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4 Magnetism INTRODUCTION With respect to their magnetic properties, solids can be divided into two categories depending on the direction of the moment induced by an applied magnetic field. If the moment is opposite in direction to the field, the material is said to be diamagnetic; materials where the moment is parallel to the field are paramagnetic. Apart from its role in superconductivity, diamagnetism is a weak eject. In contrast, concen- trated paramagnetic materials often display very large responses corresponding to local fields of the order of several hundred tesla. At present most of the research in magnetism involves systems that show paramagnetic behavior. In paramagnetic materials the magnetism is associated with partially filled inner shells of atomic electrons. These are the ad shell (transition metal compounds), the 4fshell (rare-earth compounds), and the Sfshell (actinide compounds). The classification can be extended further depending on whether the electrons in the partially filled shells are localized, as happens in insulators and semiconductors, or itinerant, as in many metals. In magnetic insulators each atom with an unfilled shell possesses an intrinsic magnetic dipole moment. In addition to their interaction with the applied field, the dipoles interact with one another through long-range dipolar forces and short-range exchange interac- tions, the latter arising from the interplay of electrostatics and quantum 95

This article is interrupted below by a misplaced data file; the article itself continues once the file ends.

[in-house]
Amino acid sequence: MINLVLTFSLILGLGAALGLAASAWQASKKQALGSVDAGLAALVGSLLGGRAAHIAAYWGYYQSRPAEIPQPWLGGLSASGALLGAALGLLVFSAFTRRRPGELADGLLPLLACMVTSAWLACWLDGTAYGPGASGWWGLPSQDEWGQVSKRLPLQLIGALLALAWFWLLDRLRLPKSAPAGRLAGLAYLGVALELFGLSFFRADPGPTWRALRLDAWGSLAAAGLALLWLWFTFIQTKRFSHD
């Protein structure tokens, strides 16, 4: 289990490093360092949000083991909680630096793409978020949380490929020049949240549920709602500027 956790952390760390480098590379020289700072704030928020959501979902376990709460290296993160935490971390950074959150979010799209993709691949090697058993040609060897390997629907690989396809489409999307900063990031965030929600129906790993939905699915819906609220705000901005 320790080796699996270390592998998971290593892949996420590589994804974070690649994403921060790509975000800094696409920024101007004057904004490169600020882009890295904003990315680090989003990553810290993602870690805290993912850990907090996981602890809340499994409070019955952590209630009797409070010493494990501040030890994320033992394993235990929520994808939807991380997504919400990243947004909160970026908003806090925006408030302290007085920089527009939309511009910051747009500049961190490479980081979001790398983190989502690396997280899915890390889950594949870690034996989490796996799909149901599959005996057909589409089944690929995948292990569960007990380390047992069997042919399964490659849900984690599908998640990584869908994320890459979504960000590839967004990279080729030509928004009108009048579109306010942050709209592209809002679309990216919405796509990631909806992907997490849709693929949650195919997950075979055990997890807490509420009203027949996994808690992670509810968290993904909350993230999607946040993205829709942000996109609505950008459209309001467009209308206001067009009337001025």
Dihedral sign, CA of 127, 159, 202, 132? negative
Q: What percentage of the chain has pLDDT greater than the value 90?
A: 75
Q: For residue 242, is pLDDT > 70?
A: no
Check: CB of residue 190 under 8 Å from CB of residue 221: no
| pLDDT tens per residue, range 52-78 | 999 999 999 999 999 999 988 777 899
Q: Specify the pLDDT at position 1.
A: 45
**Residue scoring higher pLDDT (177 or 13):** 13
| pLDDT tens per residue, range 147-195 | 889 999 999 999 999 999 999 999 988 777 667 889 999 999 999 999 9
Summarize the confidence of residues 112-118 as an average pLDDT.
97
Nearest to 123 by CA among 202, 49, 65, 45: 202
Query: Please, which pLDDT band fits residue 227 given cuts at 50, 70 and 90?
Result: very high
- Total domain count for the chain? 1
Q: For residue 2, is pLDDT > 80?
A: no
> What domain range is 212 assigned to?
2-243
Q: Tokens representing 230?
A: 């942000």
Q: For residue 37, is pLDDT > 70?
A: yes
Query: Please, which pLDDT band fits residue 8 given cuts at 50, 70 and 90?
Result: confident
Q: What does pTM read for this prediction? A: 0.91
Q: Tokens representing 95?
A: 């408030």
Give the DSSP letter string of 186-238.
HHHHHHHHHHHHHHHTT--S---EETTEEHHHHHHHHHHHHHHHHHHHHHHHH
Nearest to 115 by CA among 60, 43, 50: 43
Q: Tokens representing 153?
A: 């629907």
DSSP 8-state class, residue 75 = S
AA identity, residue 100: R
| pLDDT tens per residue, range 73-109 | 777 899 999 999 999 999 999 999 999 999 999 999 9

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96 A DECADE OF CONDENSED-MATTER PHYSICS symmetry. Besides their mutual interactions, the moments also inter- act with the charges on the surrounding ions, which create a crystalline electric field. The moments in itinerant magnets are delocalized, extending throughout the system. As in the case of localized moments, there are both dipolar and exchange interactions. Strictly speaking, in many materials the paramagnetic behavior alluded to earlier is observed only at high temperatures. As the temperature is lowered the system undergoes a phase transition to a state characterized by long-range magnetic order. The most familiar example of this behavior occurs in ferromagnets where the long-range order appears as a spontaneous magnetization. The transitions are caused by the exchange interactions between the moments and gener- ally occur at temperatures comparable to the strength of the interaction between neighboring moments. Studies of the magnetic properties of materials with localized mo- ments occupy an unusual position in solid-state physics. This happens because these properties can be characterized using models involving only the individual atomic moments, rather than the full array of atomic electrons. These models, generally referred to as spin Hamiltonians, have generic forms that depend on the symmetry of the system and interaction parameters that reflect the microscopic environment of the magnetic ions. The study of spin Hamiltonians is a central part of many-body theory and statistical mechanics. The spin Hamiltonian formalism makes possible a direct connection between real materials and formal theory that has been a driving force for much of the research in magnetism in recent years. Experimental studies have provided crucial tests of theories of collective excitations and critical phenomena. In turn, the availability of accurate data has stimulated the development of increasingly precise theories. The past decade has been one of remarkable progress in magnetism. By 1970 it can be said that the behavior of isolated magnetic ions in insulators was well understood. The low-temperature properties of ideal, three-dimensional (3-D) magnetic insulators were successfully interpreted in terms of elementary excitations. The high-temperature behavior had also been investigated, and theoretical studies utilizing high-temperature expansions had given useful insights. There was growing interest in magnetic critical phenomena, but no unifying microscopic theory was available. The magnetic properties of metallic systems were not well understood. The behavior of isolated magnetic ions in nonmagnetic metallic hosts had revealed unexpected complex- ities at low temperatures. In addition, insight into the behavior of common magnets like iron and nickel had not advanced much beyond